I did a half circuit of Stave Hill, from which people were viewing the Thames scenery, and headed down Dock Hill Avenue towards Surrey Water for the sad task of photographing the sorry remains of the Nature Girls. Part way down the path that leads from Stave Hill to Dock Hill Avenue is a rather strange dip in the path which contains a small bas-relief sculpture of Tower Bridge at its centre. Stuart Rankin's walking guide to Rotherhithe says that this was once a fountain but that due to repeated vandalism the thing was dismantled. He also says that a fountain that once gave life and light to Surrey Water was stolen. The urge to destroy something both unique and there for the common enjoyment of the entire community always strikes me as incomprehensible.

The remnants of the Nature Girls really were a sorry spectacle to contemplate, with the remaining red shoes amputated crudely at the ankle. There was something quite dreadful about it, and criss-crossed as the remaining shoes were with bright light and deep shadow they were more than slightly disturbing. Sad, because they had made so many people smile.

Steve says that there has been some suggestion that the gorgeous sculptures outside the Surrey Docks Farm on the Thames Path, also metal, should be relocated to a place within the farm. I love them and would be very relieved to see them moved for their safety. I've written more about that plan on the Friends website.

The rest of Surrey Water looked very peaceful, with birds preening on pontoons. I walked back up Dock Hill Avenue towards Stave Hill, where a family were having a chilly picnic on the steps, and walked down the tree-covered avenue towards the RDW that cuts down by the side of the primary school. I cut in from there into the ecological park again, circling round to the butterfly sanctuary.

The bits of the butterfly sanctuary that weren't cut down are now completely dead, and the bits that were given a crew-cut are now recovering. I would have cut the whole lot down in one go at about this time to give the insect life half a chance whilst the plant life was still alive, but TRUE obviously had a different and more informed agenda. Lots of work has been taking place in the general area, cutting back trees, hedges and shrubs and strimming down the grass.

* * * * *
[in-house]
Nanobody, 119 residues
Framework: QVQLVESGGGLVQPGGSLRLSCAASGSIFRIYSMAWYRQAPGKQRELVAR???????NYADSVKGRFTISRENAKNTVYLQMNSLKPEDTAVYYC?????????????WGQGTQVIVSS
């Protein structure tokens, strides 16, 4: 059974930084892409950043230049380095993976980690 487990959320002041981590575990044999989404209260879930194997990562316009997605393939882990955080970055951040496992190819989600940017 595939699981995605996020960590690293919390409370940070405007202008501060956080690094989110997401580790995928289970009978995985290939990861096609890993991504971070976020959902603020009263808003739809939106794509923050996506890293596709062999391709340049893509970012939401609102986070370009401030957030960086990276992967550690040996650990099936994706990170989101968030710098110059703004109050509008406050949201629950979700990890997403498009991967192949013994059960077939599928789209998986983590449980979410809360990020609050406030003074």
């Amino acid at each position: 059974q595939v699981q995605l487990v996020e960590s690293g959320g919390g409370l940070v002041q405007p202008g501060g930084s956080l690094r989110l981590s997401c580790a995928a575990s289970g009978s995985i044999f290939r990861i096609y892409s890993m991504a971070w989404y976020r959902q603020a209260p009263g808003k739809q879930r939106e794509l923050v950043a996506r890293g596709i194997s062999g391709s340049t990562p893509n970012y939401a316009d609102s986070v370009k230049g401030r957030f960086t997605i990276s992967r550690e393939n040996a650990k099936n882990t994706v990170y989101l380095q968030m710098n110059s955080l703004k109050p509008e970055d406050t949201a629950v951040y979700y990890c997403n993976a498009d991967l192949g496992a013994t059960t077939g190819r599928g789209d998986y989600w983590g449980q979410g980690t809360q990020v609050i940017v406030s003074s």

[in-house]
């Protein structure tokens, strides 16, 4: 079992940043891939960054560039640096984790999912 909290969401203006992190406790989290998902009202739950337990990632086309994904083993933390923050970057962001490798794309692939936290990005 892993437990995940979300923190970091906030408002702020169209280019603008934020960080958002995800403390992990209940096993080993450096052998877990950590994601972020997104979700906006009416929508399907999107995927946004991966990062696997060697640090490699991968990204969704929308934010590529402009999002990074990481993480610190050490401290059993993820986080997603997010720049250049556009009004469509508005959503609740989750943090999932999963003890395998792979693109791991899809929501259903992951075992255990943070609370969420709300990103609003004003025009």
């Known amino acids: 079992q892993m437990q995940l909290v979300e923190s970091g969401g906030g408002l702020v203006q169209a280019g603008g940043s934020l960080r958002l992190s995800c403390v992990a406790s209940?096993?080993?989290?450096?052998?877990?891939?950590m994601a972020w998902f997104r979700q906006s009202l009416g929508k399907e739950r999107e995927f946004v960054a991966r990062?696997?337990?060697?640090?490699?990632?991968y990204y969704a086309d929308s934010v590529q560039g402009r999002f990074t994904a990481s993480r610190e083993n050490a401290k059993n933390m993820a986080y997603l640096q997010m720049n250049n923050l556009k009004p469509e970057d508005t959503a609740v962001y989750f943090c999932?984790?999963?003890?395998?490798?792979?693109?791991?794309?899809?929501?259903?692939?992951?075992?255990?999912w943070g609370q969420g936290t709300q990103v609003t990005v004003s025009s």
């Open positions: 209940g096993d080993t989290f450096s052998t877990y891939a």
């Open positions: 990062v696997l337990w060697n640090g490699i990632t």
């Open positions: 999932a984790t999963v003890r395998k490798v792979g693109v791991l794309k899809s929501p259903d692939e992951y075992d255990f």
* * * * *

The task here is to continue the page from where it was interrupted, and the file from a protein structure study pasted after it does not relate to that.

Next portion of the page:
Popping out from a back track onto the top path circling the green I heard a lot of rustling of leaves and branches from the evergreen to my left. I turned my head slowly to see a male chaffinch sitting looking at me. As I slowly raised the camera he took off, taking a whole feathered clan along with him.

It was by now extremely cold, in spite of three layers plus a ski jacket, so I headed back down the winding path and eventually found myself magically in the Moby Dick pub where the heating was on and my friend Garrett had fortuitiously just arrived and purchased himself a pint. A warming hug was most welcome.

I didn't take many photographs, so I'll have to dive out again in the next few days to capture some more. If it doesn't rain!

Tuesday, October 28, 2008

Nature Girls

I am jumping through hoops in my other life at the moment and have had very little time to go over the road and take photographs. Sadly I've either been buried in my office at home or stuck in town with the joys of the dour architectural block otherwise known as the Institute of Archaeology in London. Not one of the world's best pieces of urban design. Fortunately the place is full of fabulous books and rather good people.

In spite of the inability to make it over to the RDW or Stave Hill I am still receiving news from the outside world, thanks to the wonderful world of email. You can see the main subjects of discussion on the Friends of Russia Dock Woodland website.

One of the sadder pieces of news is that the 1996 sculpture by sculptress Laura Ford has been removed, presumably stolen for the financial value of its metal. People never cease to dissapoint. The sculpture consisted of three botanically-themed constructions made of bronze. They appear to have been designed for another location at the Cass Sculpture Foundation. They were put here by the L.D.D.C., which was committed to adding art to its new developments. Perhaps they were moved to Surrey Quays when the Surrey Water area was under development, or perhaps copies of the originals were installed. I have been unable to discover which was the case.

Here's what the Cass Sculpture Foundation website says about the artist and the sculptures: